I woke up to a message from my friend Leo, asking if I’d heard the news about Scott. I assumed that it must be some amazing story or accomplishment, as that’s the sort of thing you hear about Scott.
“He died. On Kilimanjaro.”
The last I’d heard from Scott was ten days prior. Five of us have an accountability group, and in his update he was talking about his plans for the future, and his apprehension about being away from the computer for a week to climb mount Kilimanjaro.
I’m still stunned that he’s gone. He was in extremely good health, was young, and wasn’t a reckless risk-taker. Kilimanjaro is an extremely safe mountain, claiming just a few lives per year against the tens of thousands who climb.
Scott’s goal in life was to change the world by encouraging people to do work they love. He created groups of people in 150 different cities around the world who met regularly to support and motivate each other. Scott was in the middle of a year-long trip around the world with his wife, but he still made time to host reader meetups. When we’d talk about his business, his overriding priority was the wellbeing of his community, not the money he made from them.
The real tragedy of his death is that his impact on the world, while significant, will fall short of its potential.
Scott was so overwhelmingly positive and enthusiastic about life that I couldn’t help but wonder if it was an act at first. It wasn’t. I don’t think I ever once saw him where he didn’t have a beaming smile across his face. Whenever he was part of a group, he brought the energy level up and kept everyone in a good mood. It’s probably no coincidence that even his wife’s email announcing his death contains a ray of positivity:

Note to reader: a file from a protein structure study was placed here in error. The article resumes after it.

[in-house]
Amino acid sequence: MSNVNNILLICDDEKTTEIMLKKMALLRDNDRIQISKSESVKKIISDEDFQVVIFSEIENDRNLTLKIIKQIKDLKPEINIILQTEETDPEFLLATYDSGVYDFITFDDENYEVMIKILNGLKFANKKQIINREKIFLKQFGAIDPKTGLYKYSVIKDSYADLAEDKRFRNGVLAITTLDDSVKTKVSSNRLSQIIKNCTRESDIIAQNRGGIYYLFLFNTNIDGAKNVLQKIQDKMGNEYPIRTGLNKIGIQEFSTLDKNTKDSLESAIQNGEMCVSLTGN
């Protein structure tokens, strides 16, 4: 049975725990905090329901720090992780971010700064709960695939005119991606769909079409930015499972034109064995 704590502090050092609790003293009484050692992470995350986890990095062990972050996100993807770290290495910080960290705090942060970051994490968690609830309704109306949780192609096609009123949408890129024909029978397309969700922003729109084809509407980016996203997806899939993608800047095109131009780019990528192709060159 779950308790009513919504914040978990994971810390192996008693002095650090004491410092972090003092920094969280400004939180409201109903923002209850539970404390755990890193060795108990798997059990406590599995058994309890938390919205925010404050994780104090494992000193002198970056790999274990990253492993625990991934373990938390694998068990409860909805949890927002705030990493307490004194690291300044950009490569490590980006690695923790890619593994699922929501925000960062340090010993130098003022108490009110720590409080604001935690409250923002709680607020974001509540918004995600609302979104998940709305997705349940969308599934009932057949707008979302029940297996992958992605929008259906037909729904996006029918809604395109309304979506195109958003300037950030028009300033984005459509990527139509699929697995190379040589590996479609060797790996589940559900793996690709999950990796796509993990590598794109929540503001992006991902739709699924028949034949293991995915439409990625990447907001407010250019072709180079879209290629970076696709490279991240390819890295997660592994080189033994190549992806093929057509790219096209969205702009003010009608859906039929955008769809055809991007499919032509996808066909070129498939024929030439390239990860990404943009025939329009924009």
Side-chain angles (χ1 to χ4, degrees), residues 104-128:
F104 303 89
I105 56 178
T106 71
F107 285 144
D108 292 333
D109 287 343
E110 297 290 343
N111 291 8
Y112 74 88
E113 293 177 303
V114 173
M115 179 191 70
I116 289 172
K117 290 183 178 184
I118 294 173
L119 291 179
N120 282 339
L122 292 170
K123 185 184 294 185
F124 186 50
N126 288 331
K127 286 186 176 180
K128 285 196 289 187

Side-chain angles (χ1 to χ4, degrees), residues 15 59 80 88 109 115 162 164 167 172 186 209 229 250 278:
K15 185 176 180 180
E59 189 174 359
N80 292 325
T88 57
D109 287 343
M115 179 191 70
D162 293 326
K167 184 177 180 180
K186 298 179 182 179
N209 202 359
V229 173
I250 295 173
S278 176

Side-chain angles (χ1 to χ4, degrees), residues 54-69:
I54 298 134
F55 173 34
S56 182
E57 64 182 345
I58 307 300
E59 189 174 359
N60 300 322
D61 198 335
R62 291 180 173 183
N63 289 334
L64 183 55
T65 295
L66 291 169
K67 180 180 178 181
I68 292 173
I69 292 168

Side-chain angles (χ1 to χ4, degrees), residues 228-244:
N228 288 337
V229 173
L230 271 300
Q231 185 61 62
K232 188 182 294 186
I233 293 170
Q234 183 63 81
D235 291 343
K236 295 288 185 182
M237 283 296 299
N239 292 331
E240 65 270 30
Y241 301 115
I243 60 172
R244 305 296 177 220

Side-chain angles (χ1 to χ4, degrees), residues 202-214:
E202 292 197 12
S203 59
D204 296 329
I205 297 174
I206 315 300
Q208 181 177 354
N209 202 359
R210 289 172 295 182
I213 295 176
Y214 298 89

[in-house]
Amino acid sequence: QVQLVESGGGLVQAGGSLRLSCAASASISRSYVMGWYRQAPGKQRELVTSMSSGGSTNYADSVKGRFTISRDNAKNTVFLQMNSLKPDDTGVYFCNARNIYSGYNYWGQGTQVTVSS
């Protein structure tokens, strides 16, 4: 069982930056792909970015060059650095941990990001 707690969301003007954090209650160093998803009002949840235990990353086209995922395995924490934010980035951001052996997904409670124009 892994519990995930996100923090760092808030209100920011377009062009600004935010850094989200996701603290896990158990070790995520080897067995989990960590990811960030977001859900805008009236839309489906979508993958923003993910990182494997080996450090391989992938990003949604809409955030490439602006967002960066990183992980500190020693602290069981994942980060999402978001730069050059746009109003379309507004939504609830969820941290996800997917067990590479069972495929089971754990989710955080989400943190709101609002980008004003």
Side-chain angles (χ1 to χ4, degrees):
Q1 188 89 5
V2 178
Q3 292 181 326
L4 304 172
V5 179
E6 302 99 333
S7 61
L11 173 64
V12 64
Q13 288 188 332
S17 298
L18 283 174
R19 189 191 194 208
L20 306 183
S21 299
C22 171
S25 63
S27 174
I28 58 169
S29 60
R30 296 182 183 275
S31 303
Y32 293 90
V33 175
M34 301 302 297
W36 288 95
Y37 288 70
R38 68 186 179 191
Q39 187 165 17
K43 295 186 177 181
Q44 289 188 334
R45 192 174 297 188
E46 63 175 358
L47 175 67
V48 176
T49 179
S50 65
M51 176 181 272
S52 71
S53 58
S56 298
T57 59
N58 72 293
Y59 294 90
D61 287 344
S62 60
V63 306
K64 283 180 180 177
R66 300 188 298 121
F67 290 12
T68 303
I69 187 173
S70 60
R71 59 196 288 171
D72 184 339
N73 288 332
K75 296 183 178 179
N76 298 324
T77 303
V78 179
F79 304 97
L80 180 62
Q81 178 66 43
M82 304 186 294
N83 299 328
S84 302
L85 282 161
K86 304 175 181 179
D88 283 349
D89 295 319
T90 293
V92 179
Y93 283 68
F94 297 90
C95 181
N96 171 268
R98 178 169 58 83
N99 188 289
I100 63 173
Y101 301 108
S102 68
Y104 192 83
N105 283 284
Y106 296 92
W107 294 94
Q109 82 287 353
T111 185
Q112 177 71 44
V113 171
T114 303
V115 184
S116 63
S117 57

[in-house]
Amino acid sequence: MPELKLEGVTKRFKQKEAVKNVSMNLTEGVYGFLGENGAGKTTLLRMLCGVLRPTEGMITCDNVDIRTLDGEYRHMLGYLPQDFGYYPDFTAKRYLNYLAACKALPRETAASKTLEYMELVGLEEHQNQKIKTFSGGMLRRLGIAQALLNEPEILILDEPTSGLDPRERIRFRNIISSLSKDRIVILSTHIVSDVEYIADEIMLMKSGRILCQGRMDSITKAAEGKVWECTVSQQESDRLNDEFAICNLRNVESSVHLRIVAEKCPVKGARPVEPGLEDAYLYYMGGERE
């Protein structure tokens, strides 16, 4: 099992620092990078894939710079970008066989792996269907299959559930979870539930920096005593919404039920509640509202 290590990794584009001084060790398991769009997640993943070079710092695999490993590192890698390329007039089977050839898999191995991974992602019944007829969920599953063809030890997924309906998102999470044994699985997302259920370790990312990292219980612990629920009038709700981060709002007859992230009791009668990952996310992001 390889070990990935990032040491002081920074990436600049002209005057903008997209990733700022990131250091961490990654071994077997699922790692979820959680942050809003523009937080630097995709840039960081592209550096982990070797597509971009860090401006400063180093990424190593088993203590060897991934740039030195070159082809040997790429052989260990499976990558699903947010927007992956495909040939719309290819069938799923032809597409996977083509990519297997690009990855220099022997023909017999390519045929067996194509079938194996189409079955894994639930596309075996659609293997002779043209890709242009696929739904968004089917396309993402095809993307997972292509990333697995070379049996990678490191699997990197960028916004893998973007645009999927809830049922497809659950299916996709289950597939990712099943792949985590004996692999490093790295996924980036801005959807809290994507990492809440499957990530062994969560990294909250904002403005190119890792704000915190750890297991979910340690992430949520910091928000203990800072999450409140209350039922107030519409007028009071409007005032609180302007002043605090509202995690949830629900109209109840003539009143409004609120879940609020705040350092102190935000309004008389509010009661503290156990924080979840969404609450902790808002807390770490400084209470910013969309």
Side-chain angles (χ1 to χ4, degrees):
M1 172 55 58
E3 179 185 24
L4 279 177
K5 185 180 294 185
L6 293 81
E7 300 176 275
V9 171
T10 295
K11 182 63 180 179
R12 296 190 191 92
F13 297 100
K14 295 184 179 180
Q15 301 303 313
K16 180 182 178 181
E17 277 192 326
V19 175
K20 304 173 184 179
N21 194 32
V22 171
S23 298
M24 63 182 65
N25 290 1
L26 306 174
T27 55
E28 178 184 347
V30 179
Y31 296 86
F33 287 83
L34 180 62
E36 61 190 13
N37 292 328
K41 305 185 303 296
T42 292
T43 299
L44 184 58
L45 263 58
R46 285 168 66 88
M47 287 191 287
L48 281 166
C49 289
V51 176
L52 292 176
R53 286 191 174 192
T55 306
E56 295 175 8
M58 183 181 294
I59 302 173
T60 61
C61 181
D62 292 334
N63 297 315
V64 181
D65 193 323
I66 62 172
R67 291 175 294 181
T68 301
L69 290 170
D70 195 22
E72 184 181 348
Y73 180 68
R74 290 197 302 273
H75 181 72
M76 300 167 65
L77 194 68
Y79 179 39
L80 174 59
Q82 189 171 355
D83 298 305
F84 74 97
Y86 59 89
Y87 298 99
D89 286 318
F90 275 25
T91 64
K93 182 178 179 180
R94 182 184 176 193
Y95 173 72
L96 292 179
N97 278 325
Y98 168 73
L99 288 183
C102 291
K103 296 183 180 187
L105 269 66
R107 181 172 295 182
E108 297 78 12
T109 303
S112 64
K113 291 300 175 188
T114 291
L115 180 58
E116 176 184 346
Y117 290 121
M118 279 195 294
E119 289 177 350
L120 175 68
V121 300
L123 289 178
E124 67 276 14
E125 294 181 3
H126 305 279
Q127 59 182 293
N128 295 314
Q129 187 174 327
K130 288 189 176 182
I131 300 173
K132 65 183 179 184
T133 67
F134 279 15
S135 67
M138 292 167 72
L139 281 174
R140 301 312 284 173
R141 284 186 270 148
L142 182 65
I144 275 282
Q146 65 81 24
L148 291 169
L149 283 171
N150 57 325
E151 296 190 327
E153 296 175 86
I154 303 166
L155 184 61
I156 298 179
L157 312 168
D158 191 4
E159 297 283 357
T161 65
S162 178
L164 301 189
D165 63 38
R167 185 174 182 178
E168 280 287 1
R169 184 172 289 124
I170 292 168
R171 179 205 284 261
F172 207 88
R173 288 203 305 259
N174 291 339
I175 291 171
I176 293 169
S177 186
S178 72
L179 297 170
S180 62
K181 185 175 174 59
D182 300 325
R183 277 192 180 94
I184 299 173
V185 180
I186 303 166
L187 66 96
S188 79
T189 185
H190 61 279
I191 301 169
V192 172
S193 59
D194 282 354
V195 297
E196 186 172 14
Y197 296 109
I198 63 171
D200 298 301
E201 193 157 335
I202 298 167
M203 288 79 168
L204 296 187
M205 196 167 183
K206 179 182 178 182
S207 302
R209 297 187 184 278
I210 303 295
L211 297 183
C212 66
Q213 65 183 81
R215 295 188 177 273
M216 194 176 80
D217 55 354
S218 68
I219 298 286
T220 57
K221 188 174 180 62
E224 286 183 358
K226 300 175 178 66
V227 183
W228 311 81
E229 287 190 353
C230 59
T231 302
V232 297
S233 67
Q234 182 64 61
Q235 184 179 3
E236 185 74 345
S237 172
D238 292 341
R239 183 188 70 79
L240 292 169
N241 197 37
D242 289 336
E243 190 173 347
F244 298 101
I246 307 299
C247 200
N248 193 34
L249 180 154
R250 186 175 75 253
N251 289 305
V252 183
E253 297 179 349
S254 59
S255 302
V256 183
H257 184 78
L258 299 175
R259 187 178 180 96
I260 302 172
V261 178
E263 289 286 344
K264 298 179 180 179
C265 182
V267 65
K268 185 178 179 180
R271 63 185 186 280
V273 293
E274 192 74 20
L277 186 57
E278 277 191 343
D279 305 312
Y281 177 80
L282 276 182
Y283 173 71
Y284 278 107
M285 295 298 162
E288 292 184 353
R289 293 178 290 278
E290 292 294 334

“The only thing that gives me comfort during this very difficult time is to know that he was out living his dream and truly lived each day without regret. We got to spend nearly every day of the last 8 months
with one another, exploring the world – and our last few days were spent out in nature, disconnected from from anything other than one another.”
I think that’s how Scott would feel, too. I’m sure he died with no regrets, and wouldn’t do anything different. He lived a good life, left behind friends and family who loved him, and impacted thousands of people across the world in ways that will continue on.
Photo is Scott speaking at TEDx Golden Gate. Take twenty minutes and watch his talk — it’s really good.